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Zip it up


Mark Sarton

OK Kiddies.

Just to keep you enthusiastic, here's what Will and I did one Bonfire day.

We turned up individually at Eastbourne harbour on a crisp, calm morning. The boat (Dive 125 an offshore hardboat with comfortable cabin and lift) was loaded with a minimum of faff and the boat headed towards the lock.
e-med Arabic
Striding, giantly I had a while to spare on the run out to the site, so I had a sneaky re-arrange of my hose routing. Nothing beats a nice faff! The plan of the day was to dive the wreck of the Waterland, a World War One, thousand tonne collier that had (in the company of a group of merchantmen) run into a minefield in 1916. The wreck sat upright and reasonably intact in 40 metres of water.

After an hour's steam out to the site, we kitted up and elegantly plopped in. We descended the shotline in an aquamarine fog of late algal bloom caused by the unseasonably warm (15 degrees) water.

Further down the shot, with Will below me, the water started to turn darker green at around 20 metres and then grey at 30. I sparked up the Salvo only to find that it didn't improve the 3 metre visibility as much as I'd been hoping.

In the last 5 metres of descent the water turned from grey to black and once we finally found the wreck we were effectively diving at night.

The wreck itself was fairly intact. The vertical structures aft of amidships were badly broken down, leaving suggestions of the shape of the hold in-between white sphyrodeta-anemone plastered sheet metal. The anemones served some pleasant relief from the dark vis and silty bottom. Will and I headed aft and swam through a gash in the hull and along the ship's bare plating towards the stern. Shoals of bib flashed in and out of our circle of visibility as our torches scoured the hull for points of interest. A rather scared selection of crabs peered back at me from rents in the thin hull, whilst a fat old lobster hunkered down in the shadow of the wreck trying not to look tasty.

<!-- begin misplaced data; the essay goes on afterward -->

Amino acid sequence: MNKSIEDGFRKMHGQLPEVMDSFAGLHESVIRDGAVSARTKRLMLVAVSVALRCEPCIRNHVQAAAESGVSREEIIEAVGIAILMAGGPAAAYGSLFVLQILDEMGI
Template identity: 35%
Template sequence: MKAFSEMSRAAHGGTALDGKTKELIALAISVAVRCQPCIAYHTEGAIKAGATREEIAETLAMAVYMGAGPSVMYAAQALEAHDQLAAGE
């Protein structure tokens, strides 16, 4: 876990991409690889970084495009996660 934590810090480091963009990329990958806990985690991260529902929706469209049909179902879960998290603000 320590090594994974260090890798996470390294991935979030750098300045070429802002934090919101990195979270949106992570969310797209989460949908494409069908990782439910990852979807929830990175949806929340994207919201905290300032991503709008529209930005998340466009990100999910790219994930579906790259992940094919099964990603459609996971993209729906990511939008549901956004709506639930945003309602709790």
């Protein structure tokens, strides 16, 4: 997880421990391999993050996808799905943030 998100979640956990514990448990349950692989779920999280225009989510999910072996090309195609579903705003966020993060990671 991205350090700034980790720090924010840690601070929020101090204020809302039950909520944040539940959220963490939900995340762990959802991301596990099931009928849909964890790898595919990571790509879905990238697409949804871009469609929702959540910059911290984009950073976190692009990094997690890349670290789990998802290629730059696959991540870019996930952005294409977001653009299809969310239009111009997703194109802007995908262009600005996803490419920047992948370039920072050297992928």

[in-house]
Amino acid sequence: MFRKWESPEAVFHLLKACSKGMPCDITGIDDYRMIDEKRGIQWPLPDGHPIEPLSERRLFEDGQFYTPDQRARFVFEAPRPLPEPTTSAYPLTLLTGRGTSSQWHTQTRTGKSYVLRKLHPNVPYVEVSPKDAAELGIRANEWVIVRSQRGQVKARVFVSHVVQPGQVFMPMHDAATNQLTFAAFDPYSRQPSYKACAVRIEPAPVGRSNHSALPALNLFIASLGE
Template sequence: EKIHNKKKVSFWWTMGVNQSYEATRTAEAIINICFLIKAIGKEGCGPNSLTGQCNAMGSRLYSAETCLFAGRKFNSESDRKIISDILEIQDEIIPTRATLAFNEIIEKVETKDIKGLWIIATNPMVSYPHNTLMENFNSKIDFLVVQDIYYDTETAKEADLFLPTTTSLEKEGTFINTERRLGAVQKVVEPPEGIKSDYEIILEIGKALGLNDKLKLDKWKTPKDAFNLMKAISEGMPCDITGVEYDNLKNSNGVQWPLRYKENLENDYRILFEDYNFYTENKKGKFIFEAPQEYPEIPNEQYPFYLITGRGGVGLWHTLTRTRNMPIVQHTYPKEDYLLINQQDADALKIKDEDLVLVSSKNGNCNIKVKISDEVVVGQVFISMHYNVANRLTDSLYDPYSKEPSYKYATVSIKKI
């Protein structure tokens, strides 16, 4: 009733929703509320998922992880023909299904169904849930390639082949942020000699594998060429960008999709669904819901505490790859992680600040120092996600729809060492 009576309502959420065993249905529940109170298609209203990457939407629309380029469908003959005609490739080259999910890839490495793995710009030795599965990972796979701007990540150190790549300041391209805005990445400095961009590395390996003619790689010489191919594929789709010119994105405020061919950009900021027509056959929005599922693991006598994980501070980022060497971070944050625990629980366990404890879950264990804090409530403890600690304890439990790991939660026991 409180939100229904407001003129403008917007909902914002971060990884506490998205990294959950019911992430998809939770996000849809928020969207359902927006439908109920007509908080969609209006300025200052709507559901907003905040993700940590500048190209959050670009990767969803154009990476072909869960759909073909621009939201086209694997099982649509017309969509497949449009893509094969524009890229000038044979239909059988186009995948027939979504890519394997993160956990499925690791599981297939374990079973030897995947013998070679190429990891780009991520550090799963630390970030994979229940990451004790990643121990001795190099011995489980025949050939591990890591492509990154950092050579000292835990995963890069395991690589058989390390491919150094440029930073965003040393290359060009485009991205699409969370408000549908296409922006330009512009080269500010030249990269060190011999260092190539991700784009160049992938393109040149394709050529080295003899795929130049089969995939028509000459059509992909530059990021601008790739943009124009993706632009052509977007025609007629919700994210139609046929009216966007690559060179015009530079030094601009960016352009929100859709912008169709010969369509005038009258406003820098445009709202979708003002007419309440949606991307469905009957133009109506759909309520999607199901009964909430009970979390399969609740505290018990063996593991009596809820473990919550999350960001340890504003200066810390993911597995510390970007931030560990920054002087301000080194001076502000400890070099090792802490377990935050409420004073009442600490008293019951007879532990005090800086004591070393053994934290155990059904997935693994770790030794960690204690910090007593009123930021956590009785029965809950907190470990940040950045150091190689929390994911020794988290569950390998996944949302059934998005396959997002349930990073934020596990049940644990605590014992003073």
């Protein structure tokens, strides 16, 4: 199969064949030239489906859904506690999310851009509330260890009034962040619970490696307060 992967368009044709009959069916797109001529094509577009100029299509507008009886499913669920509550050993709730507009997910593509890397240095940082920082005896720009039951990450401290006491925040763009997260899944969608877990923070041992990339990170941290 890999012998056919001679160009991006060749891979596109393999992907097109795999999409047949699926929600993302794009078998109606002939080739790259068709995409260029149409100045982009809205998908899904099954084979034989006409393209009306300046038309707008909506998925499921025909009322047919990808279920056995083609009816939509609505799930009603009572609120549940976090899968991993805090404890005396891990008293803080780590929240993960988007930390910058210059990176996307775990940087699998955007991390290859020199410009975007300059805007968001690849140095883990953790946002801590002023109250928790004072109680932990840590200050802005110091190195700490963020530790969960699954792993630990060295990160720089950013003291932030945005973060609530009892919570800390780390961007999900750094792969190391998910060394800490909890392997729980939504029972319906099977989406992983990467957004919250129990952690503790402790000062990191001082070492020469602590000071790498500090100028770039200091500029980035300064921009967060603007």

Penetrating Wreck I think he got away with it, as I didn't see him on deck later!

Approaching the stern, we were pleased to find both the prop and rudder in place. I swam through the prop blades and out to the starboard side. The other side of the wreck was covered in life and as we bumbled towards the bows, the Sphyrodeta were replaced by big cooking apple-sized plumose anemones.

There was a brief Piccadilly Circus moment when all the other divers appeared from the opposite direction. It was sufficiently dark for me not to be able to see any faces at all, just the glow from the faceplate of everyone's torches. We lost the wreck completely at this point and had to swim around randomly to find it again. We found ourselves over the side and on top of the wreck, ambling quite happily towards the bows. Past the shotline the wreck became less damaged with rooms and superstructure jutting up above us. I had a nasty little moment when I realised I'd quite unconcernedly swum into the wreck without knowing it.

Back over the starboard side and we headed up round the bows and on to the fo'c'sle where the narcosis allowed us both to miss the stern gun. Will explored the anchor room whilst I fired our blob and we ascended past an intact and colourfully colonised deck winch.
Ladder plus Diver Just before starting our ascent I paused to shield my torch and have a look around in the dark. Contrary to what I was expecting, there was enough ambient light to illuminate the wreck. It looked a bit like a dive would look like under a full moon, the tops and edges of the ship lit up in dusky light whilst the lower areas remained inky shadow.

We left this moonlit green scene with torches still burning to allow us to see what we were doing on ascent.

With about 45 minutes of deco on the clock, I was glad to leave the wreck. Our deep stop passed without comment and at 20 metres I swapped onto my half bottle of side slung 50% whilst Will waited for 10 metres to swap to his rocket fuel. With deco times slashed down to just over 25 minutes for me and something like 18 minutes for Will, we relaxed, dugin and waited to chase our ceiling up to 4 metres.
Nautilus Lifeline
With 6 minutes still on my clock and Will's obligation cleared, I hit zero bar and the 'regulator brick wall' on my deco gas. A quick switch of regs saw me regressing to 9 minutes of deco on back gas.

I hung there doing the mental arithmetic to work out how much back gas I had available. When I finally got the right amount of zeros in the right place I decided that I had about 40 minutes of 'hanging round, just chilling' gas. Either that, or 4 minutes of 'panicking wildly, about to get bent' gas.

At that point, my primary reg started to bubble in an "I'm about to freeflow and then you'll be properly ****** sort of way". With more irritation than worry I switched to my backup reg and shut down the right hand post. Another dull 8 minutes (I was relieved to find that '40' and not '4' was the right answer) and Will and I were bobbing happily on the surface under the clear sky and low winter sun.

Job's a good 'un. Now all I need to do is get my reg serviced

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